Tuesday, August 11, 2009

Travelling Tuesday - Castles in the Garden of England

Fiona Harper has always been a sucker for a good castle, right from the days when she used to don her best dressing-up clothes and swoon as Sleeping Beauty pricking her finger on a spindle or pretended to be Cinderella fleeing from the ball. Today, she investigates some of the romantic castles that regularly inspire her.

I am extremely lucky. I live in London, less than an hour’s drive from some of Kent’s most stunning stately homes. I could fill pages and pages with all the wonderful places there are to visit, but I’ve managed to restrict to myself to just three of my favourites:

Leeds Castle
Leeds Castle
(which, confusingly, is nowhere near the city of Leeds) is one of those perfect, romantic, fairy-tale castles. It has it all – an ancient building with steep winding staircases and royal bedrooms, sweeping grounds, and the essential item for all serious contenders for a dream castle -a moat.

It was built in 1119 on the site of an existing manor house, and has been home to both Edward I and Henry VIII, who renovated the castle for his first wife, Catherine of Aragon. Aside from the wealth of history surrounding the castle, it’s a great family day out. My kids especially enjoy the aviary, full of exotic birds, and the mazes. The large maze is fiendishly difficult. (Yes, I have run round and round it saying “haven’t we been here before?” many times). Once in the centre, you can climb a short tower and gloat over all the people who still haven't made it (they don't know it took you 3 hours!), then descend into a grotto underneath (see left) and leave through a secret tunnel. I'm also a sucker for secret tunnels...

Hever Castle
Another stunning building with links to Henry VIII is Hever Castle:

Hever was the childhood home of Anne Boleyn, and later passed to the ownership of one of his other wives, Anne of Cleaves. Hever is smaller than Leeds, but just as pretty. It’s tall, rectangular structure is surrounded by a moat and it has a really pretty courtyard in the middle with a fountain. In 1903 the castle was bought by William Waldorf Astor, who invested a vast amount of time, money and imagination in restoring the castle.

One of my favourite places in the grounds is the Italian garden, built between 1904 and 1908 to display Astor’s collection of Italian sculpture. At the end of the garden, overlooking the vast lake that took two years to dig out is the loggia fountain, modelled after the Trevi Fountain in Rome. The two female figures are made of paler, softer stone than the rest of the fountain, making them seem almost alive.

Penshurst Place

You can’t go anywhere in north Kent without tripping over a link to Henry VIII, and Penshurst Place is another locations with links to the womanising Tudor monarch.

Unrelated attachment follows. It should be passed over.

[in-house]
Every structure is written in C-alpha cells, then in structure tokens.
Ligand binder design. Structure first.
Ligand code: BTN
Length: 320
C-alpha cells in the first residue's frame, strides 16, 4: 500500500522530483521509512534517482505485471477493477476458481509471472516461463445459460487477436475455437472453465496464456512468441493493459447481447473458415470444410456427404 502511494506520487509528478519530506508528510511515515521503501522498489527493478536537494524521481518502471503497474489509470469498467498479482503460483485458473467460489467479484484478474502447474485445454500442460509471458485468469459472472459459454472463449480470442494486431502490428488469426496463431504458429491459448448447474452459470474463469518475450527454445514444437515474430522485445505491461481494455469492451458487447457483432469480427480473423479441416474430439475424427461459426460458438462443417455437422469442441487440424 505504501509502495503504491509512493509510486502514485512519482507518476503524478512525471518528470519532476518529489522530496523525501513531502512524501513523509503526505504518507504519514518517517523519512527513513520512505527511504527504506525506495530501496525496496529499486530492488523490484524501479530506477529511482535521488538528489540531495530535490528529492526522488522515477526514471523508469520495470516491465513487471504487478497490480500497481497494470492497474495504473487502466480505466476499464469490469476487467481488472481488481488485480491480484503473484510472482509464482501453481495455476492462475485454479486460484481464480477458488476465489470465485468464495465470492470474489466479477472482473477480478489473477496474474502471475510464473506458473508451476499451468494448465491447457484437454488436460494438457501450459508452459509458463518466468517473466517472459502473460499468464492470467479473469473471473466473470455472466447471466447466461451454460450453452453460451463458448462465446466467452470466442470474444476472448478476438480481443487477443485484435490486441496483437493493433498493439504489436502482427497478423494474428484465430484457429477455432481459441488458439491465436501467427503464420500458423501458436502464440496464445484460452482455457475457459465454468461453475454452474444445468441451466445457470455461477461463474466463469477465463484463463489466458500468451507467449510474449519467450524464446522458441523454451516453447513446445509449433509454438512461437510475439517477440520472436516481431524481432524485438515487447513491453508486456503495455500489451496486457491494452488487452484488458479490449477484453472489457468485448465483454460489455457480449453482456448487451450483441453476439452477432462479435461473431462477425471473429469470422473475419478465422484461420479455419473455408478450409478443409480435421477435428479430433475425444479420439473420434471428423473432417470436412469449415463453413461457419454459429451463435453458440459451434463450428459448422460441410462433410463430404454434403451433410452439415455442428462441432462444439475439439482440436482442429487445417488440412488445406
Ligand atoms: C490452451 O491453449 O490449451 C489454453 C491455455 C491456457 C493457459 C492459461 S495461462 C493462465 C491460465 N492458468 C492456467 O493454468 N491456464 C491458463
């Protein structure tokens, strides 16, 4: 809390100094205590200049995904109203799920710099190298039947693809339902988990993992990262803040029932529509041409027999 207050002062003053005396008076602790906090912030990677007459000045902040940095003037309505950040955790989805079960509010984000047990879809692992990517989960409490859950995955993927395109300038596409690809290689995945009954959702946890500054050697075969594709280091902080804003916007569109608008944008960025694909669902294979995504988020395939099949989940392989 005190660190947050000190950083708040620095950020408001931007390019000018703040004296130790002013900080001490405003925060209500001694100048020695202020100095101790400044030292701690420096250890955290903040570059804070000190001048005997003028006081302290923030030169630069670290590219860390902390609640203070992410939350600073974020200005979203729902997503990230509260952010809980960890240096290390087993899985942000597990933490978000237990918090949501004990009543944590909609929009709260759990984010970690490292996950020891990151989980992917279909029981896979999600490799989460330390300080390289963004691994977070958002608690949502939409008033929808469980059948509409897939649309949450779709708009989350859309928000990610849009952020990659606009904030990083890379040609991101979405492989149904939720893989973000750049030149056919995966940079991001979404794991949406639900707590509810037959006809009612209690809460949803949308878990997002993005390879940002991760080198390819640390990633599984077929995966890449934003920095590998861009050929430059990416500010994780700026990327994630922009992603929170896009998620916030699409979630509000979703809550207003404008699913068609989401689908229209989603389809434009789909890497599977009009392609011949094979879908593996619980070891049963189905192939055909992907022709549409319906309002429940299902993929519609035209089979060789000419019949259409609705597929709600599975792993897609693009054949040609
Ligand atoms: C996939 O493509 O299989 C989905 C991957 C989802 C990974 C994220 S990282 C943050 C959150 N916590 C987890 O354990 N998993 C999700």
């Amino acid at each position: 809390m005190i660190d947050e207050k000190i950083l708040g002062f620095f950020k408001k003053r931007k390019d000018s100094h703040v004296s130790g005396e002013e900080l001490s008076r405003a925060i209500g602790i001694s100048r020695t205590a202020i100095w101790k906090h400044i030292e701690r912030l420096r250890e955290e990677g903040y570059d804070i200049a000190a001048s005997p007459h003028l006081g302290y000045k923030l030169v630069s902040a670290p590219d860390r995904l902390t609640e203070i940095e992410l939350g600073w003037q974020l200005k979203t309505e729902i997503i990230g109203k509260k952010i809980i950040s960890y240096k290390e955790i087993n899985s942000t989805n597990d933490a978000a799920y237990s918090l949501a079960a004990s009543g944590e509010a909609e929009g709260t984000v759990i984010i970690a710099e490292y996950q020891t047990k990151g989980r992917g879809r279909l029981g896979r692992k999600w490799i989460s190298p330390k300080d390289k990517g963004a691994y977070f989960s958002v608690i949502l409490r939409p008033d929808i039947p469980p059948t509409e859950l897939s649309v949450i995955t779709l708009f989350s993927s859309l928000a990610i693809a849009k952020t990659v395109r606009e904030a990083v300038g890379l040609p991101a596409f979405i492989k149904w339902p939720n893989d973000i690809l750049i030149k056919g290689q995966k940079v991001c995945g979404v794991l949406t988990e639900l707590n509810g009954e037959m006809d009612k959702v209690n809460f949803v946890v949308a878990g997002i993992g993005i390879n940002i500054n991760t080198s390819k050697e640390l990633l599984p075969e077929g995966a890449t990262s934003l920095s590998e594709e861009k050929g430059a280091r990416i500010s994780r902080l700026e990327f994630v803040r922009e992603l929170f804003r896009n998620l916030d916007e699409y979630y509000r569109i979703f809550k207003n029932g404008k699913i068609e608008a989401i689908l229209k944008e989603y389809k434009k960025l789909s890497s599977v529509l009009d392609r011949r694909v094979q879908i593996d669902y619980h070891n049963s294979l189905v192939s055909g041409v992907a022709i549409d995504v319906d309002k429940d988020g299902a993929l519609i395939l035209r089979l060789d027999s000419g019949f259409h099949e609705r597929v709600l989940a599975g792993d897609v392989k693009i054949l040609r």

In1519, Penshurst Place was the setting of a sumptuous banquet given by 3rd Duke of Buckingham in honour of Henry VIII. However, his generosity didn’t stop him being behaded for treason two years later, and his magnificent house was then forfeit to the king. In 1552, Edward VI, Henry’s son, gave the house to William Sydney and his descendants, Viscount De L'Isle and his family, still live there today.

I have a soft spot for Penshurst as I used it as the basis for my fictional Elmhurst Hall in English Lord, Ordinary Lady.

With so many wonderful castle to visit nearby, I can’t help getting inspired and swept away by the romance of it all – which is just as well, really, as comes witht he job!

A fabulous period building – Art Deco this time – appears in Fiona’s latest release, Invitation To The Boss's Ball, on sale now at eHarlequin and Mills&Boon.

In this modern-day Cinderella story, plain Alice's world is turned upside down when she's askes to organise tycoon Cameron Hunter's charity ball...

She finds herself spending a magical night dancing in his arms, even though she knows that everything will be back to normal on Monday morning. But for now, she's going to enjoy every second...


  1. Hi Fiona

    What a great post. I always find the history in these old places fascinating.

    There's a ruin near my mother's home in Wiltshire called Old Wardour Castle which we used to visit as kids (and I went to with my own kids only last weekend). It's a warren of secret passages, stone chambers, winding staircases and terraced ramparts where a royalist family were once besieged by the Roundheads. When you walk through the old stone walls you can almost hear their cries.... It's wonderfully eerie and atmospheric. Inspiring stuff for any author.

  2. Hi Fiona. Great blog. I went to Hever castle many years ago. It was a magical day - a stunning place to visit and immerse yourself in the past. Take care. Caroline x

  3. I'm always on the look out for new castles and stately homes to discover. And these days I always take my camera and a notebook - you never know when that wonderful old house you visited is going to be the perfect setting for a book!